DeBlasio Deliberately Chose Not To Deploy Cops During 2020 Riots Because of Optics 

tetiana.photographer /
tetiana.photographer /

Melissa DeRosa, the aide to former New York Governor Andrew Cuomo, has claimed then-New York City Mayor Bill de Blasio is spilling the beans in a shocking new expose. Her book, What’s Left Unsaid: My Life at the Center of Power, Politics & Crisis, revealed that then-Mayor Bill de Blasio made a conscious decision to let the Big Apple implode during the 2020 BLM riots following the death of George Floyd. 

In the memoir, DeRosa recounted a conference call during which Cuomo, de Blasio, and then-Police Commissioner Dermot Shea discussed a situation where the officer mentioned that there were “just 4,000 officers on duty,” a number significantly lower than the 5,000 protesters present. 

DeRosa recalls that a senior representative from the police union had contacted the governor that morning, sharing concerning details. The representative expressed concerns that de Blasio, worried about the potential for police confrontations with protesters going viral on video, was intentionally refraining from deploying additional personnel. The officers, aware that they were wildly outnumbered, were reluctant to engage with the looters. 

Even as the situation escalated, de Blasio refused help from the National Guard and New York State Police. 

As shocked as Cuomo was to hear the news, his hands were effectively tied. Mayors are often considered the chief executives of their cities and are responsible for law enforcement matters within their jurisdiction.  

Governors generally don’t have the direct authority to force a mayor to increase police presence at a specific event, but there are situations where a governor can become involved in local law enforcement matters. This can happen if there is a state of emergency declared, and the governor activates the National Guard or state police to assist local law enforcement. Such decisions are often made based on concerns about public safety and the preservation of law and order, but as unsettling as the riots were, they were largely self-contained in de Blasio’s city. 

While there was little he could do, Cuomo expressed shock at what he considered “a staggering admission of malpractice” by the admission that de Blasio had deliberately minimized police deployment during the riots. De Blasio appeared to cave a little, however, and upped the police presence to 8,000 officers. The mayor and the governor also agreed to impose a curfew to contain the violence spreading throughout the city. 

Cuomo believed that the NYPD did not have any near the amount of police officers necessary to quell the BLM riots. The governor maintained open lines of communication, engaging in direct conversations with ordinary members of the NYPD and their union representatives to monitor the escalating violence.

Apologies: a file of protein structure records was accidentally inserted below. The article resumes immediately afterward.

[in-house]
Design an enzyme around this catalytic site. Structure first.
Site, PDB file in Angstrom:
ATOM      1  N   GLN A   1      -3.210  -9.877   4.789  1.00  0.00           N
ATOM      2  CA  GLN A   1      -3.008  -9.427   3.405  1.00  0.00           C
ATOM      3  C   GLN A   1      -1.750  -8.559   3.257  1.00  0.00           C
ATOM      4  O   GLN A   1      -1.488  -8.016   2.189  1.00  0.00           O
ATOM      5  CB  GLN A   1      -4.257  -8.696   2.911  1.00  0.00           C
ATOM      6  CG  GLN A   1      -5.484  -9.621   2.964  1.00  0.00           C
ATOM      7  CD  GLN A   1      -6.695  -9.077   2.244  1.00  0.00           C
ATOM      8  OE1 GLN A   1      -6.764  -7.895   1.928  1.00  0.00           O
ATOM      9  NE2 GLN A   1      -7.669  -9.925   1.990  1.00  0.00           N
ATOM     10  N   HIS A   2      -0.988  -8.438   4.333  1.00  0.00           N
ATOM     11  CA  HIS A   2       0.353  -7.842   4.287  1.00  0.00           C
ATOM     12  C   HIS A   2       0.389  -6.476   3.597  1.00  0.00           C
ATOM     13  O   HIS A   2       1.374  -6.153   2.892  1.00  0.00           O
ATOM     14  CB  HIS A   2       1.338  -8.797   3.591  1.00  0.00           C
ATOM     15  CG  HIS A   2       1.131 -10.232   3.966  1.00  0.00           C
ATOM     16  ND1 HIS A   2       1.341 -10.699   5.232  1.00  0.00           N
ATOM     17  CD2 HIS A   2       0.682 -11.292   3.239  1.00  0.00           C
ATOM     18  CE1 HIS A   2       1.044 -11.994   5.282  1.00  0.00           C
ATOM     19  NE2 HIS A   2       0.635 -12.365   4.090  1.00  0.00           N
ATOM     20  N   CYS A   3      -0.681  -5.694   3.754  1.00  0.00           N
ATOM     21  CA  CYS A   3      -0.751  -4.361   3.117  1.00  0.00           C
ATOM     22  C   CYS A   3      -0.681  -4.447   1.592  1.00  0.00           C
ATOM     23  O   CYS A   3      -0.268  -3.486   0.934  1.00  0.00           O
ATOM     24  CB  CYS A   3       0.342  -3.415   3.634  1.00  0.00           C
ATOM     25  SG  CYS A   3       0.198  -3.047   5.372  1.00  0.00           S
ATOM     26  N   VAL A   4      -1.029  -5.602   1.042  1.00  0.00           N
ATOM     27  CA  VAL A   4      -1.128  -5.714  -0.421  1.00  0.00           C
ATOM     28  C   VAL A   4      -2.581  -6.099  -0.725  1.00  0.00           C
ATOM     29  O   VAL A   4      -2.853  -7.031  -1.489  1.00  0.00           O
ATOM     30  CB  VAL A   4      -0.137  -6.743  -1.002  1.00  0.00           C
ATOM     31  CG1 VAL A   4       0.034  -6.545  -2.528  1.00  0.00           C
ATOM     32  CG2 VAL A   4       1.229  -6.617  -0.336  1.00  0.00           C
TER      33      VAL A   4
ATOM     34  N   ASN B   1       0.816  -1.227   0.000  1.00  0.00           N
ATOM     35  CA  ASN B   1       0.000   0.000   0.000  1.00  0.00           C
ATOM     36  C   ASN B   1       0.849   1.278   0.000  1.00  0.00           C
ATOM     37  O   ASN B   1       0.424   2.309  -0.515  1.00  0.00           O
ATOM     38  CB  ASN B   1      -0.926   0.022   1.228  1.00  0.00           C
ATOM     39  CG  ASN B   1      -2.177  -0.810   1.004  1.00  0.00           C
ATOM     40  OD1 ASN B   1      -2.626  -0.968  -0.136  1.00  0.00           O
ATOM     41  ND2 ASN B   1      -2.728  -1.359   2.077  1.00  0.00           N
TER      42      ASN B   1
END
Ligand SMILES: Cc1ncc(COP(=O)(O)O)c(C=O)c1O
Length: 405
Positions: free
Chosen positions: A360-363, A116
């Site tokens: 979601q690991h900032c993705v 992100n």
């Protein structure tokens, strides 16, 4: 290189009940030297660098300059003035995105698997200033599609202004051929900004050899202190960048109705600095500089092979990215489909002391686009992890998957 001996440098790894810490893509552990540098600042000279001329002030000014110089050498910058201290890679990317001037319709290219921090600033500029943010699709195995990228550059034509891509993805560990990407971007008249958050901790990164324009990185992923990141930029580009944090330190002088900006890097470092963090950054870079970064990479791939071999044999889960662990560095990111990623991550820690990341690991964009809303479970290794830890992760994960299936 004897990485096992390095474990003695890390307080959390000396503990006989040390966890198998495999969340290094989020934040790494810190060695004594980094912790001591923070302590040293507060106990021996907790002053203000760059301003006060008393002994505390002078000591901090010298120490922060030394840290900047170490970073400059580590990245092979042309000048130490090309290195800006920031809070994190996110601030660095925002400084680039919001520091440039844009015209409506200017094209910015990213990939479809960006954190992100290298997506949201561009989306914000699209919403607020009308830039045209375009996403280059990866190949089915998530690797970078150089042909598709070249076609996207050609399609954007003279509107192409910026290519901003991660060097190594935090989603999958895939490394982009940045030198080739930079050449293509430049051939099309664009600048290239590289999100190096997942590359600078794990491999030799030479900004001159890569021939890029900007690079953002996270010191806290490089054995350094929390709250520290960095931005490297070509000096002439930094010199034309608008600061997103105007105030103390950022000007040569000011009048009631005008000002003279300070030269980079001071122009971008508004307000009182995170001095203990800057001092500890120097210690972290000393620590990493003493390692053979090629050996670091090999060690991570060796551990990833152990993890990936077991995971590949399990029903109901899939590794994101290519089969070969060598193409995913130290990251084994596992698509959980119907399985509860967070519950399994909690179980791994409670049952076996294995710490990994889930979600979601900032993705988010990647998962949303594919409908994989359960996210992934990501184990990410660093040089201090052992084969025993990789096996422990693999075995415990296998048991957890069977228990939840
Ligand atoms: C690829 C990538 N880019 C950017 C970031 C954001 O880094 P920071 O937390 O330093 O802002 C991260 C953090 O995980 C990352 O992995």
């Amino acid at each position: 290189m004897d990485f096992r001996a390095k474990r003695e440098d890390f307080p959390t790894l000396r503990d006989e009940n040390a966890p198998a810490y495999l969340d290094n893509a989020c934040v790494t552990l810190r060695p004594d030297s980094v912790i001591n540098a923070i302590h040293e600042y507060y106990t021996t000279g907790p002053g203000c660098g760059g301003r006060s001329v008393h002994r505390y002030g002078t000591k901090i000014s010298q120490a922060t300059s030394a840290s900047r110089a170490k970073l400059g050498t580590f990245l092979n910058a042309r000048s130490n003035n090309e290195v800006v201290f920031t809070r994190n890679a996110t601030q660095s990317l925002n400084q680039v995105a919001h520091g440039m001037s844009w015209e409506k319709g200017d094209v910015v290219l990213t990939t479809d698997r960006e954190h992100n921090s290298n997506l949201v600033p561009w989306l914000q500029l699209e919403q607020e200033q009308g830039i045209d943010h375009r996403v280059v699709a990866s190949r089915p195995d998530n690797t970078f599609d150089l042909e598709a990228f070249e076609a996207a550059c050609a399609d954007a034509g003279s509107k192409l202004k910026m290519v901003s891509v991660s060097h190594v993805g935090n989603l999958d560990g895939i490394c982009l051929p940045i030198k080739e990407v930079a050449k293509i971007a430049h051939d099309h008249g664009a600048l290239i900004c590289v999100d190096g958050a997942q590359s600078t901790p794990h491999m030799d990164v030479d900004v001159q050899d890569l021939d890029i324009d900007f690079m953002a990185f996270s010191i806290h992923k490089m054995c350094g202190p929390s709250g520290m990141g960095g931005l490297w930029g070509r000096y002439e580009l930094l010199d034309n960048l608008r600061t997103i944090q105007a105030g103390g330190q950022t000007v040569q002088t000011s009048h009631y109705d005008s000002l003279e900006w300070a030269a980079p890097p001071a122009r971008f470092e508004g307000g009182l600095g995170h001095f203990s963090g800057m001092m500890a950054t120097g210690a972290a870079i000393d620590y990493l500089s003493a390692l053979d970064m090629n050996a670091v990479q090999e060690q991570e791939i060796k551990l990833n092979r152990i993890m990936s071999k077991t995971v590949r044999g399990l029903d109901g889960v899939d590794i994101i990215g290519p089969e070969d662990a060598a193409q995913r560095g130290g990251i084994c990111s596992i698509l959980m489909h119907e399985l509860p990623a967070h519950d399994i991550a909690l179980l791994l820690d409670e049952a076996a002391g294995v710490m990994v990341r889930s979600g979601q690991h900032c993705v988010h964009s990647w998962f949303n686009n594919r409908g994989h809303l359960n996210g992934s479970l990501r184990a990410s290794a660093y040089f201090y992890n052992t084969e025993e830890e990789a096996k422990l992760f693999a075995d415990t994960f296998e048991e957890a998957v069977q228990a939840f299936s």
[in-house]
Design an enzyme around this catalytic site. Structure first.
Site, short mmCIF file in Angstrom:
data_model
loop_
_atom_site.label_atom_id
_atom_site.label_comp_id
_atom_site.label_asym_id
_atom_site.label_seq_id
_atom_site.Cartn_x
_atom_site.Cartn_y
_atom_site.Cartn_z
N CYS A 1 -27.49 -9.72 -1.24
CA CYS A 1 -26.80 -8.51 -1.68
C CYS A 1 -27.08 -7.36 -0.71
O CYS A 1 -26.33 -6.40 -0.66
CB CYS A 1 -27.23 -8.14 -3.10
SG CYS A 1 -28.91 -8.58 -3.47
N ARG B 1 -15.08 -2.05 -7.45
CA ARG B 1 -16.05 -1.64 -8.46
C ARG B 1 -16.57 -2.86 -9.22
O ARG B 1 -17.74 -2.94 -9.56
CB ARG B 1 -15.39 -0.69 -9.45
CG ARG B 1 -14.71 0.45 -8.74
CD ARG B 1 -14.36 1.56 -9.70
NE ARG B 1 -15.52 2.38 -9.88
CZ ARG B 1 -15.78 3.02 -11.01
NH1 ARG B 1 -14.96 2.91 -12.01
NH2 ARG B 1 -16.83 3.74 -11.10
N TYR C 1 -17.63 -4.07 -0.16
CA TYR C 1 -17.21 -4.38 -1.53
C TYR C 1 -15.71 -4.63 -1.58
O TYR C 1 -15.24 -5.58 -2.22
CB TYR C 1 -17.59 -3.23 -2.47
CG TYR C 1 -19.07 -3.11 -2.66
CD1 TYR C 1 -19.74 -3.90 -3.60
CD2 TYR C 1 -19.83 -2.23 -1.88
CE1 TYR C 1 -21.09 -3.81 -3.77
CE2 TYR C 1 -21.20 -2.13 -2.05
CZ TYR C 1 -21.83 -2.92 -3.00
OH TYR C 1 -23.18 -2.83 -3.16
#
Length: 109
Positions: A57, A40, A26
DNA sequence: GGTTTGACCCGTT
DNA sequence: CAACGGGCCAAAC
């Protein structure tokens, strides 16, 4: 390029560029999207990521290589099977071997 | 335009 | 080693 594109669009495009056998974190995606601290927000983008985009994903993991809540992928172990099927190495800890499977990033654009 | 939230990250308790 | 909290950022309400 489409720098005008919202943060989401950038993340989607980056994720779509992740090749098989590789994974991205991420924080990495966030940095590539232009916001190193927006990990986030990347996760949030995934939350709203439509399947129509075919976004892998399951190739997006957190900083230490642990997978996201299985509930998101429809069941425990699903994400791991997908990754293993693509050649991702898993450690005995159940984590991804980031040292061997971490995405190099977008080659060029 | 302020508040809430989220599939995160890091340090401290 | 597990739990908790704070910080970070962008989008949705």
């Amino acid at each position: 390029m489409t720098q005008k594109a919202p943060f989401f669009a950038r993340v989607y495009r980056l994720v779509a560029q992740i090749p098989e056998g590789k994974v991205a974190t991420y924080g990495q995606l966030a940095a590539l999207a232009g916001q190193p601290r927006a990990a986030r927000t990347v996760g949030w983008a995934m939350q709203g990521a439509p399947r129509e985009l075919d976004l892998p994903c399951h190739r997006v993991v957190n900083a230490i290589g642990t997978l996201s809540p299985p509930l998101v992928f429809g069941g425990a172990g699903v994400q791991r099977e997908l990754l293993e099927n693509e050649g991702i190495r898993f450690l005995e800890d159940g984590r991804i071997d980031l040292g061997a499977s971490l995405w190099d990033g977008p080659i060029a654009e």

By the time de Blasio realized his decision was negatively impacting his image far more than an increased police presence ever would have, it was too late. The nation watched in horror as scenes, like an angry driver running over demonstrators and police cruisers set on fire, flooded news organizations and social media. 

DeRosa’s book acknowledges that de Blasio was swayed by the far left progressives who advocated for “defunding the police” and reallocating police funding following Floyd’s death. 

The decision was unwise and misguided, but that didn’t deter radical left-leaning elected officials from embracing the concept, DeRosa points out in the book.  

But de Blasio wasn’t done yet. 

The mayor went a step further, positioning himself at the forefront of this movement by declaring a planned reduction of $1 billion from the NYPD’s operational budget and an additional $500 million from its capital budget. 

It was too little, too late. DeRosa vividly recounted the scenes in Midtown Manhattan, where looters brazenly vandalized the prominent Macy’s storefront in Herald Square and Rockefeller Center, with no police in sight to intervene. Meanwhile, NYC’s “Occupy City Hall’ protest left buildings marred by graffiti and streets strewn with trash. Protesters encamped outside City Hall for over a week as demands for comprehensive police reform grew. 

It’s a scene that played out a few years earlier in Baltimore, Maryland following the death of Freddie Grey.  In 2015, as BLM violence spread throughout the city, then-Mayor Stephanie Rawlings-Blake remarked that rioters needed to be given “the space to destroy,” and refused offers of help from then-Governor Larry Hogan.  

More recently, former Capitol Police Chief Steven Sund revealed that then-House Speaker Nancy Pelosi chose not to call for help ahead of the January 6th incident because of “optics.” 

It’s a lesson that liberals never learn. Disguising or misrepresenting the true nature of a situation ultimately leads to chaos and a surge in violence. Democratic leaders must shift their focus away from appearances and prioritize public safety.  

Regardless of the media’s attempts to obscure the facts, the truth inevitably emerges. When it does, it only underscores the incompetence of liberal leadership.